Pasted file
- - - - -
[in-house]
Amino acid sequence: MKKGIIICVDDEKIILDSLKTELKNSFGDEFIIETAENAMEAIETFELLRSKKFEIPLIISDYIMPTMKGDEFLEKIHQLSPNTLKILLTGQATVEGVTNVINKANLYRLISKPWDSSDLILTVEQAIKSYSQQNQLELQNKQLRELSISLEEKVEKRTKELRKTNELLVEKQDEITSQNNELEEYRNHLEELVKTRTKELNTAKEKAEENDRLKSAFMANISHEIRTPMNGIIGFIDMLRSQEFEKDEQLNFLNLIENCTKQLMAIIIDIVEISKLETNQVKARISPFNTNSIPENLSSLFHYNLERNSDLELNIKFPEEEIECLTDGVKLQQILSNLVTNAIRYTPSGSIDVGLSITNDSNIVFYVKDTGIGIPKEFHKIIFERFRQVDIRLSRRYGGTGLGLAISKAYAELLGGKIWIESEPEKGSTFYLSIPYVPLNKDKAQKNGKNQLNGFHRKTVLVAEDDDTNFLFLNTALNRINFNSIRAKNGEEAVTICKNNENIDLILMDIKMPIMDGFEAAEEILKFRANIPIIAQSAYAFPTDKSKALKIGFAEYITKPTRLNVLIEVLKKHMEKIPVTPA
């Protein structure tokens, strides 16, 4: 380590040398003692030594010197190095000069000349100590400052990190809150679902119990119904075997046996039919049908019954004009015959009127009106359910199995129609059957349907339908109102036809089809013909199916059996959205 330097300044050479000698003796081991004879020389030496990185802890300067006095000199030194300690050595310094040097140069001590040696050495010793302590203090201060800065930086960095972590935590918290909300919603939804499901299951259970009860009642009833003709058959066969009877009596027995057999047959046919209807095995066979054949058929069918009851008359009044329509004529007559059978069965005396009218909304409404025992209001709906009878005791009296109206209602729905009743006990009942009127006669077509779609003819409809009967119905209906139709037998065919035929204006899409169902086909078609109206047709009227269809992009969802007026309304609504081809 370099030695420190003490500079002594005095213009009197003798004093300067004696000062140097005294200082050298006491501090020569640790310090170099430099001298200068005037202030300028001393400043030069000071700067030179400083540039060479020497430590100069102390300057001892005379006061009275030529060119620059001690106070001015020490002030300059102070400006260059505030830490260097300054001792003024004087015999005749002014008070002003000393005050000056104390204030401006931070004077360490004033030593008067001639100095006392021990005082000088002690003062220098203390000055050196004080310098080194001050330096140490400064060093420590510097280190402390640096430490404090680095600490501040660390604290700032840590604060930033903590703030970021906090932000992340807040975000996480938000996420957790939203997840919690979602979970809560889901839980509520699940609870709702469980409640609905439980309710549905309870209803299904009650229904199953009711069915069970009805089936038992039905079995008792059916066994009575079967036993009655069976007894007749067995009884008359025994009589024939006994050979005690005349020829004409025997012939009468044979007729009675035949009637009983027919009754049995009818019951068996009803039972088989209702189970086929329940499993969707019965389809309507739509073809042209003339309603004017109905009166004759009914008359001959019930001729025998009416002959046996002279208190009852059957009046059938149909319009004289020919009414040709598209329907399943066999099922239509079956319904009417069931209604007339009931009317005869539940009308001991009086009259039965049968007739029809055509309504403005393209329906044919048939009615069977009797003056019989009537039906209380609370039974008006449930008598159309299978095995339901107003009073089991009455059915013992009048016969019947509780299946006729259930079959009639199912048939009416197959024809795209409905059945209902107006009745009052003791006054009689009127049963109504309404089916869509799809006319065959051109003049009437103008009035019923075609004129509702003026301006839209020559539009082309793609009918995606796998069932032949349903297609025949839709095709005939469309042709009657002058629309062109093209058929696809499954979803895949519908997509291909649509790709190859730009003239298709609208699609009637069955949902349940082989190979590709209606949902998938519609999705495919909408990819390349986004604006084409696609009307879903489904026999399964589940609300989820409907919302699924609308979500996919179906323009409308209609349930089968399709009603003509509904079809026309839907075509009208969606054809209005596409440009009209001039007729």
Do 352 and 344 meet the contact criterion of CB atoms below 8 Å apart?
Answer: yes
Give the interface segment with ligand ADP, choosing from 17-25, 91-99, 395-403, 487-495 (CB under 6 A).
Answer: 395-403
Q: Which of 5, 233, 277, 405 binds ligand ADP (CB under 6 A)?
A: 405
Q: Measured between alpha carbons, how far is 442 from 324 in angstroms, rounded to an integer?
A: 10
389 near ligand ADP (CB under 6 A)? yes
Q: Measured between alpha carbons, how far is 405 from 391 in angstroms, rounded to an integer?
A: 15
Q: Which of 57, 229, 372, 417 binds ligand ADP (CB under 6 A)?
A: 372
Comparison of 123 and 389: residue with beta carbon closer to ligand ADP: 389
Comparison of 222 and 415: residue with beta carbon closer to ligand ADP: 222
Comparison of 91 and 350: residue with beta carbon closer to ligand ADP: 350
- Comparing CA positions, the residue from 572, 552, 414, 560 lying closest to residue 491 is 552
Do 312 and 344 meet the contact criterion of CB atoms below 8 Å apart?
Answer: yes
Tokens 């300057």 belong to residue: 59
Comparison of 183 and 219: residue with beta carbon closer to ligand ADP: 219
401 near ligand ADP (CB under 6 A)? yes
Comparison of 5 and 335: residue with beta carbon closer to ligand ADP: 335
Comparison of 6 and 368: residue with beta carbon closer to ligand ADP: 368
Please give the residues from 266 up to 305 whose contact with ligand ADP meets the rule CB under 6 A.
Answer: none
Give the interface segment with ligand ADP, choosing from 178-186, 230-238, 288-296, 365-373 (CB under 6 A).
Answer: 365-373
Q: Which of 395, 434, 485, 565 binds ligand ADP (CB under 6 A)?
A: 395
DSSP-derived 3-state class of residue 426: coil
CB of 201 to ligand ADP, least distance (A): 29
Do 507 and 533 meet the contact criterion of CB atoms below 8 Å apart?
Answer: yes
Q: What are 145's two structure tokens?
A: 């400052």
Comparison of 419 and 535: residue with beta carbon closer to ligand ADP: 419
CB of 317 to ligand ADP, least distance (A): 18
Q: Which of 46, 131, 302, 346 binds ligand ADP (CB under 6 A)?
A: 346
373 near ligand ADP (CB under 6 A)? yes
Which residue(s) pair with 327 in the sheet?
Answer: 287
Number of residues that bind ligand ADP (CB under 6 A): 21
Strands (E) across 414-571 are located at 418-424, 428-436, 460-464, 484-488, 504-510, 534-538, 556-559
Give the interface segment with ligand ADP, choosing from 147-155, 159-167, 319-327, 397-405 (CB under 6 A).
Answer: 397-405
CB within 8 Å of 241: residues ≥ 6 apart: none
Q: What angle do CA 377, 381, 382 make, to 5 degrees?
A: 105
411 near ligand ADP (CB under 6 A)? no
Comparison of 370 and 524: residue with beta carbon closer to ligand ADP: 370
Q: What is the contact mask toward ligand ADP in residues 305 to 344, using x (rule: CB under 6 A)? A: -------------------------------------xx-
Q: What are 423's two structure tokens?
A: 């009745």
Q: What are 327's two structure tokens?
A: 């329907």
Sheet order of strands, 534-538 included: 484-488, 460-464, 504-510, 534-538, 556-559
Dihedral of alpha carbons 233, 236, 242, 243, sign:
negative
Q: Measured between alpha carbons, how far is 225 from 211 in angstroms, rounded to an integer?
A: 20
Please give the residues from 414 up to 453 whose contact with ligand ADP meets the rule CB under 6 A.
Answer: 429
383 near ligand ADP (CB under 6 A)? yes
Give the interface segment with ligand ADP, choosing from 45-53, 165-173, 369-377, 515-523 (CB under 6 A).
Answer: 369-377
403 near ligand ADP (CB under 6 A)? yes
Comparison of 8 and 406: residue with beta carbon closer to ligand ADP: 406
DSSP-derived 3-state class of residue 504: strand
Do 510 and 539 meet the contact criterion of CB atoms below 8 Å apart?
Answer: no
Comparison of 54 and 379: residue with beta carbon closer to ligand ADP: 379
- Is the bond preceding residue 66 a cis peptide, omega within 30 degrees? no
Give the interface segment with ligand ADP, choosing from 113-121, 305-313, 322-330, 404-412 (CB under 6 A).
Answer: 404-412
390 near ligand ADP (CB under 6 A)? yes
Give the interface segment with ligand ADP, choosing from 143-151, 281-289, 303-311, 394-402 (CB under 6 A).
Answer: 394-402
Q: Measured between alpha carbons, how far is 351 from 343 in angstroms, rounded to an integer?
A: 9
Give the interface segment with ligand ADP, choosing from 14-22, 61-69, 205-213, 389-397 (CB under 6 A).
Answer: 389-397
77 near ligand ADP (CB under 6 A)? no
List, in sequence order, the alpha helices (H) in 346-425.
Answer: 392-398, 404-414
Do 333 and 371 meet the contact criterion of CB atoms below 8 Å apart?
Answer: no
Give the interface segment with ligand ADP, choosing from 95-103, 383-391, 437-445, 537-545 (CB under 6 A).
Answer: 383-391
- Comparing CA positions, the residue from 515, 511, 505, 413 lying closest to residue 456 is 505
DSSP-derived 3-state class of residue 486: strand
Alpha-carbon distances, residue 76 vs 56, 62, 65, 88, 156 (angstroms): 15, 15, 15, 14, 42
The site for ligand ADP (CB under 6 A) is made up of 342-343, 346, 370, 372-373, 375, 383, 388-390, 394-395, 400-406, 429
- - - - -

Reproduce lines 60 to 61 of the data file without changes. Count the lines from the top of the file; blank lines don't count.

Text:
A: 């329907």
Sheet order of strands, 534-538 included: 484-488, 460-464, 504-510, 534-538, 556-559